Single nucleotide polymorphisms

19 Apr

Single nucleotide polymorphisms

One of the most significant outcomes of the Human Genome Project has been the iden- tification of large numbers of single nucleotide polymorphisms (SNPs) [1-3].

The ap-plication of SNPs to forensic analysis is currently limited to some specialist cases.How- ever, with advances both in our knowledge of SNPs and in the technology used to detect the polymorphisms, SNP analysis may play an increasingly important role in the future.

SNPs – occurrence and structure
‘SNPs are single base pair positions in genomic DNA at which different sequence alternatives (alleles) exist in normal individuals in some population(s), wherein the least frequent allele has an abundance of 1% or greater’ [4]. The structure of a SNP is very simple, an example is shown in Figure 12.1. SNPs are found in the human genome about once in every 1000 bp [1-3, 5]. Given that the human genome is 3.2 billion bp long, we can estimate that there will be approximately 1 million differences between two genomes that are due to SNPs: this represents approximately 85% of human genetic variation. The biallelic state of the vast majority of polymorphisms intrinsically limits the information that can be gained from the analysis of any given SNP, and this has been the major factor limiting their application to forensic analysis: between 50 and 80 SNPs are required to achieve the same levels of discrimination as the current STR based methods [6, 7]. However, the vast numbers of SNPs within the genome (currently over 10 million SNPs have been placed in public databases [1, 2]) can compensate for the limited information carried by any individual SNP, and make them a tempting polymorphism to exploit. The technology that is being used for SNP detection is evolving and SNP analysis is becoming possible in many forensic laboratories.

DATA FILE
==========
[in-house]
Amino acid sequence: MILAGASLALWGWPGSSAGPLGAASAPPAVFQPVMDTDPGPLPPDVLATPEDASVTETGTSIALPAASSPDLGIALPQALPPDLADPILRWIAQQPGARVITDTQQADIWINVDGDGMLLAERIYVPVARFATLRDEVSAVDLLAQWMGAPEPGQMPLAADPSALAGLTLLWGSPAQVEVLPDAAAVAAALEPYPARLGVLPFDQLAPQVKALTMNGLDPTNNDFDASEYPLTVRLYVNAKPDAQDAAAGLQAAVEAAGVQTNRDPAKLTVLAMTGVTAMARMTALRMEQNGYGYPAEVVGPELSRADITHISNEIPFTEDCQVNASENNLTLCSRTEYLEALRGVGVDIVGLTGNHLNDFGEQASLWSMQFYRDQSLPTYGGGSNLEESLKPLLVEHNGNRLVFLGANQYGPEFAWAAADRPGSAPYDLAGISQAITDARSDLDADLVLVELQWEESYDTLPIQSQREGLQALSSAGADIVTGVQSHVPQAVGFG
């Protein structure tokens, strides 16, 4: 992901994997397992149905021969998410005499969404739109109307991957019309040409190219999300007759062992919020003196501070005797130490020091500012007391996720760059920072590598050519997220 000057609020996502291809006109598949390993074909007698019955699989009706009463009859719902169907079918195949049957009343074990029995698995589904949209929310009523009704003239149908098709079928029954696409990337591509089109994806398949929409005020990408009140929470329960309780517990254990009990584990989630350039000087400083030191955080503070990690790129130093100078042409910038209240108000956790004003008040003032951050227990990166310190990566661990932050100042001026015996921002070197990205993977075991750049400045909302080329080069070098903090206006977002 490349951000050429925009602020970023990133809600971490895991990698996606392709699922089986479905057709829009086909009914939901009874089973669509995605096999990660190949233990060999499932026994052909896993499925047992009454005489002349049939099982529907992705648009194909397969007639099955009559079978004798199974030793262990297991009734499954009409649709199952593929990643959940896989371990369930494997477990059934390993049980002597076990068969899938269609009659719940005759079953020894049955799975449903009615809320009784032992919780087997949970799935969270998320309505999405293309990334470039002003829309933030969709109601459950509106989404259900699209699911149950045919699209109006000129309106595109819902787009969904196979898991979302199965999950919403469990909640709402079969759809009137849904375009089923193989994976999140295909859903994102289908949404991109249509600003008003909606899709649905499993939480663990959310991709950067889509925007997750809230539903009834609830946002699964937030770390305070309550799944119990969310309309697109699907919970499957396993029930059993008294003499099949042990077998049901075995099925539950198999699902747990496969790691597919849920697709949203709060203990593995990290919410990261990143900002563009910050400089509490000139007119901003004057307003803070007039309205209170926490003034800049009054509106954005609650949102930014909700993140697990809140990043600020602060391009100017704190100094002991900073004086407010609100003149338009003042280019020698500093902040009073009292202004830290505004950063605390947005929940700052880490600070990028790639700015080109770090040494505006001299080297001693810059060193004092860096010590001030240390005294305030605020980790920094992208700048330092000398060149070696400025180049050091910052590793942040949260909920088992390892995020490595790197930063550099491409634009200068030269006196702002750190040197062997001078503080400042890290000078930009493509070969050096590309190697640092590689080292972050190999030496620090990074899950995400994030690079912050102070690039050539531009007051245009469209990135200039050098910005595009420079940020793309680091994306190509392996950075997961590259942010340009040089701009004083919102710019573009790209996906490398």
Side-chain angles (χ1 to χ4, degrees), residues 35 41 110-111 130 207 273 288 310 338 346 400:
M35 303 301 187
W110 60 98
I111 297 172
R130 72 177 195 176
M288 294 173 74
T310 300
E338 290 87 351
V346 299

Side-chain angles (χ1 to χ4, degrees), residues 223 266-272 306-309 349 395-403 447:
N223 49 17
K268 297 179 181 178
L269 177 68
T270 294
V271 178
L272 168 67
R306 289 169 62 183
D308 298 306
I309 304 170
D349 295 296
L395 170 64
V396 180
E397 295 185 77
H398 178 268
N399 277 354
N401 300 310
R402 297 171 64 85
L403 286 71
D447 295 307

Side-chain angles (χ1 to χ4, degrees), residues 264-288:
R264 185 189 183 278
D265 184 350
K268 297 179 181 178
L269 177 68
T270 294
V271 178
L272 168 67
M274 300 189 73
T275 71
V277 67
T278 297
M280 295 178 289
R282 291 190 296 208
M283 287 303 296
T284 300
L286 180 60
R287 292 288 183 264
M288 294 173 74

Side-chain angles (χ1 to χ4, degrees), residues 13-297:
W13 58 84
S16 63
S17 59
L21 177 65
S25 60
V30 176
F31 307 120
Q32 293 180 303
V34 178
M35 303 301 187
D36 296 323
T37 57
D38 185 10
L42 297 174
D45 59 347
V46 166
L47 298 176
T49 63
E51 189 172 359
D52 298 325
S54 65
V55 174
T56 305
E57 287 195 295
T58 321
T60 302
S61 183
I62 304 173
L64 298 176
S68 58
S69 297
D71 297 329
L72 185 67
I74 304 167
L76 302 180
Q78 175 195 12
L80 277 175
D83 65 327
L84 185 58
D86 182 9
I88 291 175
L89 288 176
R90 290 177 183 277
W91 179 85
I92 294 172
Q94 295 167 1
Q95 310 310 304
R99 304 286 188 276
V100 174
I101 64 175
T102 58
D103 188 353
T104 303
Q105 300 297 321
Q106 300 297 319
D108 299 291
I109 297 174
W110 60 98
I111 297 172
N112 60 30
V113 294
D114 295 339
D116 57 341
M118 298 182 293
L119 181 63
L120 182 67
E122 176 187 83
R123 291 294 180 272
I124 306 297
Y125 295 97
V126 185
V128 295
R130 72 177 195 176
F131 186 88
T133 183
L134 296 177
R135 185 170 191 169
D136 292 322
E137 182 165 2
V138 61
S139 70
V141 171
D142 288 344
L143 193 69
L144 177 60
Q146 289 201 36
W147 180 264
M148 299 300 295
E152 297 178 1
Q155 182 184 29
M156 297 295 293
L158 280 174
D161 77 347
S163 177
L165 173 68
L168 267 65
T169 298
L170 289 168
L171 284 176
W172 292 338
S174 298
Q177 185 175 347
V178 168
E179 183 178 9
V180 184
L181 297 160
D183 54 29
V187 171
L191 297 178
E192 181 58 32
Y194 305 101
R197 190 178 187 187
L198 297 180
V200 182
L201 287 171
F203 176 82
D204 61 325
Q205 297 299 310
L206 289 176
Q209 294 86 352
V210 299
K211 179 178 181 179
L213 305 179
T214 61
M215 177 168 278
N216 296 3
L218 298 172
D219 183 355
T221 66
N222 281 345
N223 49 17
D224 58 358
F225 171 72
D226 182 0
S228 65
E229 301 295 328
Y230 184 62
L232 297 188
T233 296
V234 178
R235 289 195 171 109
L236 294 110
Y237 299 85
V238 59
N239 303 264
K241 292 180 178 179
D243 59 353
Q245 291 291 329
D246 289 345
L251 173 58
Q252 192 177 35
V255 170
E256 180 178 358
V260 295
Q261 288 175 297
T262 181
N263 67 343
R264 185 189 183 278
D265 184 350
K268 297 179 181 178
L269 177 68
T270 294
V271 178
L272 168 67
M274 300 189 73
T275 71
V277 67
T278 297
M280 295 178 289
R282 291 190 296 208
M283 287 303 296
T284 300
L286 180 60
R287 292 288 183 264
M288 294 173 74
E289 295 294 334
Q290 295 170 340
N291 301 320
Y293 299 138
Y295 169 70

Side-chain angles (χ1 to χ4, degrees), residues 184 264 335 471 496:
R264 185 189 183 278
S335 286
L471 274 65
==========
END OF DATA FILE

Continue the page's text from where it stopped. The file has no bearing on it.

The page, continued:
Detection of SNPs
There are many techniques available for the resolution of SNPs. In the 1970s it was established that particular enzymes produced by bacteria can be used to cut the DNA